Cable Cars a Popular Tourist Draw But How Should We Pay for Them?
2:30 PM PDT on August 31, 2009
Cable cars are icons of San Francisco, a draw of tourist dollars far beyond their fare revenue, and living pieces of San Francisco history and transit. They're also protected in the city's charter, just like the Transit First policy, though perhaps with greater force. Like the Golden Gate Bridge, cable cars bring visitors to the city, where they spend their money at hotels, restaurants, museums, bars, and other attractions. But while their overall economic value to the city undoubtedly exceeds their operating cost to Muni, their fare revenue does not. And unlike the Golden Gate Bridge, cable cars do not ultimately provide a vital transportation link for residents and commuters.
Angela Jackson, a spokesperson for the San Francisco Convention and Visitors Bureau, wouldn't put an exact dollar figure on cable cars' value to local tourism, an industry that brought in about $8.5 billion to San Francisco last year. But they're certainly one of the top draws, she said. "The cable cars for San Francisco are invaluable as far as tourism goes. Cable cars are one of the must-experience attractions for everyone who comes to San Francisco."
"I used to work for one of the hotels that was on one of the cable car lines, and we would get calls once a week from some production company wanting to stage photo shoots because it stopped in front of our hotel. I don't think there's anything that depicts San Francisco, whether it be a feature article in a magazine or in a newspaper, or a travel series that does not include the cable car."
Cable cars are routinely packed, in spite of frequent service and a five-dollar one-way fare for those without a Fast Pass. As a result, cable cars recover roughly half their operating cost through fare revenue, about $24 million in fiscal year 2008, an impressive feat given that they are by far the most expensive mode to operate in the Muni system. In fiscal year 2008, that still left $27 million that the MTA had to subsidize from its general operating funds, a significant sum considering Muni's $129 million deficit this year. Getting rid of cable cars would be killing the golden goose, not to mention a historical atrocity and a violation of the city charter, but could there be a source of funding that more directly harnesses cable cars' contribution to citywide tourism revenue?
Quite possibly, explained Livable City's Tom Radulovich. "There's two loopholes in the city's parking tax. For a long time, hotel parking was paying neither the parking tax nor the hotel tax. So I think now [the city is] saying pay one or the other. The parking tax rate is higher, so if we taxed [all] hotel parking at the higher rate then that would raise more money. So, you'd in essence say, 'Okay, we're going to use hotel parking to subsidize transit for visitors.' That seems reasonable, and it's not adding to the basic hotel tax."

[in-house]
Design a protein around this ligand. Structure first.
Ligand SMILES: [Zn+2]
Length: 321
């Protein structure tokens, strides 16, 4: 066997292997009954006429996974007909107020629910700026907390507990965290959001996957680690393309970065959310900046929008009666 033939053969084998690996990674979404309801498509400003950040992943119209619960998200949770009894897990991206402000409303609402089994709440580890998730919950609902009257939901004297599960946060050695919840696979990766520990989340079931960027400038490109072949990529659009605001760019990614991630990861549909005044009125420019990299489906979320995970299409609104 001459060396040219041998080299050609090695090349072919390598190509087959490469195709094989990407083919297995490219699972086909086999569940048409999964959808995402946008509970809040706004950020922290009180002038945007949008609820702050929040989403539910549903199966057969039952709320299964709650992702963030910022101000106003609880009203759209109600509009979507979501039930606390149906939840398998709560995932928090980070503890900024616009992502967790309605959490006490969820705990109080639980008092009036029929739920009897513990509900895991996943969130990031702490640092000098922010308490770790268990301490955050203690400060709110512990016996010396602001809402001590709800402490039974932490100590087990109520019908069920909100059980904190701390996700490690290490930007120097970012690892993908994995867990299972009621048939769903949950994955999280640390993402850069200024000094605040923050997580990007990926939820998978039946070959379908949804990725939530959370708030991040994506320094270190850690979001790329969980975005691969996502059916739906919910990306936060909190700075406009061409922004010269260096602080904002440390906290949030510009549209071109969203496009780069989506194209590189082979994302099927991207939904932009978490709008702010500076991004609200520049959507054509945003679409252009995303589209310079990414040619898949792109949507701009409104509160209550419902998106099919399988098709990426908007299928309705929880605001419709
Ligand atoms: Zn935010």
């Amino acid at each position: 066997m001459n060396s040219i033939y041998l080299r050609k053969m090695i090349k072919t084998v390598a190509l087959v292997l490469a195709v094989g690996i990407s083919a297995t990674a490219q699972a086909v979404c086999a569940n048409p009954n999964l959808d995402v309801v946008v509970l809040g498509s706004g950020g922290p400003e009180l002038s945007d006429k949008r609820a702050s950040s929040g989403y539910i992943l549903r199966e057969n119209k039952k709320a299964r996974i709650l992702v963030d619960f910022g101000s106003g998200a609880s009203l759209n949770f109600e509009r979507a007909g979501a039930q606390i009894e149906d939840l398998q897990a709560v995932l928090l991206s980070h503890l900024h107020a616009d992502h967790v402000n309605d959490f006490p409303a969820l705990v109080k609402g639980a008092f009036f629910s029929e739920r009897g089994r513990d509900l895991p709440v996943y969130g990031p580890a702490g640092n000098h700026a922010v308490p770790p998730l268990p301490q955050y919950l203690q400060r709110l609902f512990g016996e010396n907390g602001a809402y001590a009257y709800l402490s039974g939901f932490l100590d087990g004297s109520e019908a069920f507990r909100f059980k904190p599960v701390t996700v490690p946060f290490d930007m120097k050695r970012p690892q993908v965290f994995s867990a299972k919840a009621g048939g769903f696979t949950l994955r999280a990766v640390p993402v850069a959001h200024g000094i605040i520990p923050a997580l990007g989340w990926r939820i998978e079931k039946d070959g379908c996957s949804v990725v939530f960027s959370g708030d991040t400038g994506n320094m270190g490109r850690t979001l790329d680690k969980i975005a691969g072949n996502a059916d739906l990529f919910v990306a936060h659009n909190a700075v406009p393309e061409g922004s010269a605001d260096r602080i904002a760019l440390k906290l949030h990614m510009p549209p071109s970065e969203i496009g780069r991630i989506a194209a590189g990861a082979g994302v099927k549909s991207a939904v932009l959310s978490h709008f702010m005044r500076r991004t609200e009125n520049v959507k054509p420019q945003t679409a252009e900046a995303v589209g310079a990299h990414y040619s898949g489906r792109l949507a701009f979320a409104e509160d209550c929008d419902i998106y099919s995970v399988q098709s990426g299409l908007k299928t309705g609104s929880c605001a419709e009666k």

The second option, said Radulovich, is to close the loophole for
valet parking. "Valet parking doesn't pay anything," he said.
Closing that loophole and "dedicating it to visitor transit might make
sense as well."
Jackson said the San Francisco Convention and Visitors Bureau certainly is not proposing an additional tax or assessment, but Radulovich said the parking taxes might have a chance at gaining business support if they directly enhance tourism, and don't add to the base hotel tax.
A tourism-based revenue source might also free the city to start paying more attention to properly planning transit that services tourists, and locals. Many transit advocates are hesitant to fund tourist transit when transit for locals is woefully under-funded. Still, tourist transit serves an important function in the city, with benefits to locals, like reduced traffic congestion, so finding a source of funding that doesn't compete with local transit funding could pay serious dividends.
"I think as a city, we ought to say, 'Come to San Francisco, leave your car. You can get around to all the tourist destinations and have fun doing it without a car,'" said Radulovich. "For years I've thought it would be smart to spend some portion of the hotel tax on visitor-related transit. Cable cars, F-line, even doing a fare-free downtown like Portland and Seattle do, that could make a lot of sense for us in terms of making it really visitor friendly but also making the system work better for locals and cutting down tourism-related traffic."
Kristen Holland, a spokesperson for the MTA, notes that some of the cable cars' 24,000 daily riders are locals. "I know a lot of operators say they have people with Fast Passes on all the time," said Holland. "They have sort of a dual purpose."
Because the cable cars are so crowded, most riders do seem to be visitors, but lines that are popular with tourists tend to attract locals as well, as the F-line historic streetcar also demonstrates (the recently defunct Culture Bus shows the pitfalls of a strictly-tourist line.) Finding a tourism-based source of funding for lines heavily used by tourists could ultimately help increase service on lines that are used by locals too. Of course, MTA Board Director Malcolm Heinicke has also suggested introducing tasteful advertisements on cable cars, without much further discussion so far. The additional funding would certainly help, though advertising on historic structures is always contentious.
While Gavin Newsom has created a "Green Rental Car Incentive," it may be time for the city to adopt a truly green tourist transportation policy that encourages transit use, and funds it more directly through tourist dollars. The result could be a much better system for tourists and locals alike.
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